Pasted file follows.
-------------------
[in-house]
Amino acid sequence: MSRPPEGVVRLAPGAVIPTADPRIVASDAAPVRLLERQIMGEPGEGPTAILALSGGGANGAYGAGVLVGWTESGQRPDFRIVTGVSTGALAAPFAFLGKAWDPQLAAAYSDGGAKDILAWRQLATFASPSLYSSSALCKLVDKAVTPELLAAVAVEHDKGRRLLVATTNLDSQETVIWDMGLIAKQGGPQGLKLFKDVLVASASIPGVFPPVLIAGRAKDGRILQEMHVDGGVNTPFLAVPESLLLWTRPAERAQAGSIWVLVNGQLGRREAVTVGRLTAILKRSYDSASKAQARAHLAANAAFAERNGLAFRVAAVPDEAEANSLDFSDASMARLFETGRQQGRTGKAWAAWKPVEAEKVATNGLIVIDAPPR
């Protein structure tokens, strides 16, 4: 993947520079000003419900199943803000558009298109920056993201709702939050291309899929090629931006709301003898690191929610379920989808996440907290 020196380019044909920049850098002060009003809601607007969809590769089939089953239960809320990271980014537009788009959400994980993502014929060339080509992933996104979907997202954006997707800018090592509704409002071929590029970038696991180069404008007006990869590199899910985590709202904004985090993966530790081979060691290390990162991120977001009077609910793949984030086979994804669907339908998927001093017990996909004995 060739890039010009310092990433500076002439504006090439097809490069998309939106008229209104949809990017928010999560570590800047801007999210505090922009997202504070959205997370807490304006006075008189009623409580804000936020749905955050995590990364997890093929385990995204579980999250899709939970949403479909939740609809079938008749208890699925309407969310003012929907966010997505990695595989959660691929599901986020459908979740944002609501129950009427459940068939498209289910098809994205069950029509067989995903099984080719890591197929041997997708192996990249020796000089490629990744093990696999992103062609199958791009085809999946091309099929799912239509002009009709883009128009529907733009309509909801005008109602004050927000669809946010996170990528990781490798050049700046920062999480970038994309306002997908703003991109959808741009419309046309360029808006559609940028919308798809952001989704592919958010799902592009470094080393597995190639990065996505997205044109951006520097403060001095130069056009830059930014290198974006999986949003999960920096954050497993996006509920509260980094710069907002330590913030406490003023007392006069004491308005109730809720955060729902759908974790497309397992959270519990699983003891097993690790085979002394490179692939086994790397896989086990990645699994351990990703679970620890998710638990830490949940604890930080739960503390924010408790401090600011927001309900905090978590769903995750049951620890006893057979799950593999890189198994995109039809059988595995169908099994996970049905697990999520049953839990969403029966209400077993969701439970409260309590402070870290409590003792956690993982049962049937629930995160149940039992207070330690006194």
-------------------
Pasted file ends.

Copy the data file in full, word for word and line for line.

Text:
[in-house]
Amino acid sequence: MSRPPEGVVRLAPGAVIPTADPRIVASDAAPVRLLERQIMGEPGEGPTAILALSGGGANGAYGAGVLVGWTESGQRPDFRIVTGVSTGALAAPFAFLGKAWDPQLAAAYSDGGAKDILAWRQLATFASPSLYSSSALCKLVDKAVTPELLAAVAVEHDKGRRLLVATTNLDSQETVIWDMGLIAKQGGPQGLKLFKDVLVASASIPGVFPPVLIAGRAKDGRILQEMHVDGGVNTPFLAVPESLLLWTRPAERAQAGSIWVLVNGQLGRREAVTVGRLTAILKRSYDSASKAQARAHLAANAAFAERNGLAFRVAAVPDEAEANSLDFSDASMARLFETGRQQGRTGKAWAAWKPVEAEKVATNGLIVIDAPPR
């Protein structure tokens, strides 16, 4: 993947520079000003419900199943803000558009298109920056993201709702939050291309899929090629931006709301003898690191929610379920989808996440907290 020196380019044909920049850098002060009003809601607007969809590769089939089953239960809320990271980014537009788009959400994980993502014929060339080509992933996104979907997202954006997707800018090592509704409002071929590029970038696991180069404008007006990869590199899910985590709202904004985090993966530790081979060691290390990162991120977001009077609910793949984030086979994804669907339908998927001093017990996909004995 060739890039010009310092990433500076002439504006090439097809490069998309939106008229209104949809990017928010999560570590800047801007999210505090922009997202504070959205997370807490304006006075008189009623409580804000936020749905955050995590990364997890093929385990995204579980999250899709939970949403479909939740609809079938008749208890699925309407969310003012929907966010997505990695595989959660691929599901986020459908979740944002609501129950009427459940068939498209289910098809994205069950029509067989995903099984080719890591197929041997997708192996990249020796000089490629990744093990696999992103062609199958791009085809999946091309099929799912239509002009009709883009128009529907733009309509909801005008109602004050927000669809946010996170990528990781490798050049700046920062999480970038994309306002997908703003991109959808741009419309046309360029808006559609940028919308798809952001989704592919958010799902592009470094080393597995190639990065996505997205044109951006520097403060001095130069056009830059930014290198974006999986949003999960920096954050497993996006509920509260980094710069907002330590913030406490003023007392006069004491308005109730809720955060729902759908974790497309397992959270519990699983003891097993690790085979002394490179692939086994790397896989086990990645699994351990990703679970620890998710638990830490949940604890930080739960503390924010408790401090600011927001309900905090978590769903995750049951620890006893057979799950593999890189198994995109039809059988595995169908099994996970049905697990999520049953839990969403029966209400077993969701439970409260309590402070870290409590003792956690993982049962049937629930995160149940039992207070330690006194």